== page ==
Shut Not Your Doors: Poem - Summary & Analysis

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Shut not your doors to me proud libraries,
For that which was lacking on all your well-fill’d shelves, yet needed most, I bring,
Forth from the war emerging, a book I have made,
The words of my book nothing, the drift of it every thing,
A book separate, not link’d with the rest nor felt by the intellect,
But you ye untold latencies will thrill to every page.


      Introduction. Shut Not Your Doors is a very short fragment of fewer than seventy words put in six small lines. There is a sort of egotistic boast in it although the poet has some of the qualities that make him merit adequate praise and esteem.

      Summary. The poet calls upon the well-known libraries, having in their vaults and shelves plenty of books written by reputed authors, not to shut their doors to his book which should be considered worthy of being preserved in them for its quality of “drift” and not for its “words”.

      Its “latencies will thrill to every page”. His book has been inspired by the Civil War and it is bound to stir the feelings and emotions of the readers.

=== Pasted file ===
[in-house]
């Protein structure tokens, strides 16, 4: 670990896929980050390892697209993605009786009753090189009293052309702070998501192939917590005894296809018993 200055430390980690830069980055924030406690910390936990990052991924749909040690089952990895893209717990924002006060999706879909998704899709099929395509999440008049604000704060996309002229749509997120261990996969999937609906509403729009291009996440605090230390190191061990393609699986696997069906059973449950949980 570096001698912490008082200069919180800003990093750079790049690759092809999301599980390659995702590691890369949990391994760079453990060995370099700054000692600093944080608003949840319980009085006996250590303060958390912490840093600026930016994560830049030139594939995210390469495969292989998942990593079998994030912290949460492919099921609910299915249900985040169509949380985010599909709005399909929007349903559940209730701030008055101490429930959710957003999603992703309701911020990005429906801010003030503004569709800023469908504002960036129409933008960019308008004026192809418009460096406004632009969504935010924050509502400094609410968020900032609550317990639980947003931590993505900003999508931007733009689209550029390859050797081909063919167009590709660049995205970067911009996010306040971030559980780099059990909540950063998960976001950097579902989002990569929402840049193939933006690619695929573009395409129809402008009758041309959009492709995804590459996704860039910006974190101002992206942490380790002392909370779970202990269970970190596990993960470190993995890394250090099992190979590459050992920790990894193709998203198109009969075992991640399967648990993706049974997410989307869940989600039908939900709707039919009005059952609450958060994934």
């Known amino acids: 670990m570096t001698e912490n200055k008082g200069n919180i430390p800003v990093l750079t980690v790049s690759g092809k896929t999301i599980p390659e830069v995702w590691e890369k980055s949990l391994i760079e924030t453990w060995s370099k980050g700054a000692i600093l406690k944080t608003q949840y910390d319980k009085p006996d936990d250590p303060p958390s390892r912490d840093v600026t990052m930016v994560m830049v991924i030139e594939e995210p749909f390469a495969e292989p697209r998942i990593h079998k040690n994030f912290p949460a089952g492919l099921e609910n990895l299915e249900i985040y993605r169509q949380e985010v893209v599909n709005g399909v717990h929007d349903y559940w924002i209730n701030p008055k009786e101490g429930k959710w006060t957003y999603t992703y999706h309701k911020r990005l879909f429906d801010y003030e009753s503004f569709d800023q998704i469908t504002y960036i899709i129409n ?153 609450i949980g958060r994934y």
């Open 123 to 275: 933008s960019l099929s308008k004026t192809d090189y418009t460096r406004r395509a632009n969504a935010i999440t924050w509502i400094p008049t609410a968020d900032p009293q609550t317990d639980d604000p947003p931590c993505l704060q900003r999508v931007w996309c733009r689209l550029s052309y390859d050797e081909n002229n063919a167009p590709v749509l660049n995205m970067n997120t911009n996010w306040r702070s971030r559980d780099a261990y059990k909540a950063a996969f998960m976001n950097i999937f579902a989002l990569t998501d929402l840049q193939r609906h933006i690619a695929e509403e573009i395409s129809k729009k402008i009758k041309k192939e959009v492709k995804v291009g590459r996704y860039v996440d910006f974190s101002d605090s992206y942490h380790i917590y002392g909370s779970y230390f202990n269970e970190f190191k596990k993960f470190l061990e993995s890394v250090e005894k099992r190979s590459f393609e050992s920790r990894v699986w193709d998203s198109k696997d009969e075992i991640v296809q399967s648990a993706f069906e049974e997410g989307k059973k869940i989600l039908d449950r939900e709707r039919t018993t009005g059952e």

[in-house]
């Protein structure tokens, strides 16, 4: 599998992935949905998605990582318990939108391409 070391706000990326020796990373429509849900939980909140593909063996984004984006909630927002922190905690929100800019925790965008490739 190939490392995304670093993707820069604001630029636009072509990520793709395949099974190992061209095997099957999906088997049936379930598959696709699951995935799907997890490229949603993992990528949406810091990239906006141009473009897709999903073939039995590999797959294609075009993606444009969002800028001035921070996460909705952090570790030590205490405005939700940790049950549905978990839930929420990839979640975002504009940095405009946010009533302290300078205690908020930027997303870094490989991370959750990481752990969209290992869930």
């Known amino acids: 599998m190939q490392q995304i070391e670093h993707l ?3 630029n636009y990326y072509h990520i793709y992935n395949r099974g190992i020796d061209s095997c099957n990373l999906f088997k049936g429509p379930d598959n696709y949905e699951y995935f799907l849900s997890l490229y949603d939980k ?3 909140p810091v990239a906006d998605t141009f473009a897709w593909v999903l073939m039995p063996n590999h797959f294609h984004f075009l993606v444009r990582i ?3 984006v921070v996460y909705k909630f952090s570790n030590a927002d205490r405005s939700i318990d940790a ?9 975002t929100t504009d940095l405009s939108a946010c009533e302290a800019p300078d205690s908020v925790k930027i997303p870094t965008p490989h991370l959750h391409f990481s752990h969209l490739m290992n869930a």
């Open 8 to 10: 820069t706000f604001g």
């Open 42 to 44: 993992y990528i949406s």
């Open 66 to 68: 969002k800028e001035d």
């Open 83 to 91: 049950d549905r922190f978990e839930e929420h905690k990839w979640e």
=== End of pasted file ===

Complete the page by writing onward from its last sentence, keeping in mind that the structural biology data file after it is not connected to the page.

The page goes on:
Forth from the war emerging, a book I have made
The words of my book nothing, the drift of it everything.
A book separate, not linked with the rest nor feIt by the intellect.

      Critical Analysis. Although the libraries may be justifiably proud for stocking the masterpieces of famous authors and thinkers they should not keep his book of poems out of them lest they should be found lacking in this respect. The poet proudly proclaims that the book he has written merits a place in the libraries because it has its own individual qualities. It may not appeal to the intellect but it will certainly stir the emotion. As a champion of democratic sense of values and fighter against the snobbery of orthodox people he holds an important position, among great poets of the world. Whitman has a fairly good mastery of words, but it is the subject matter that he values more.

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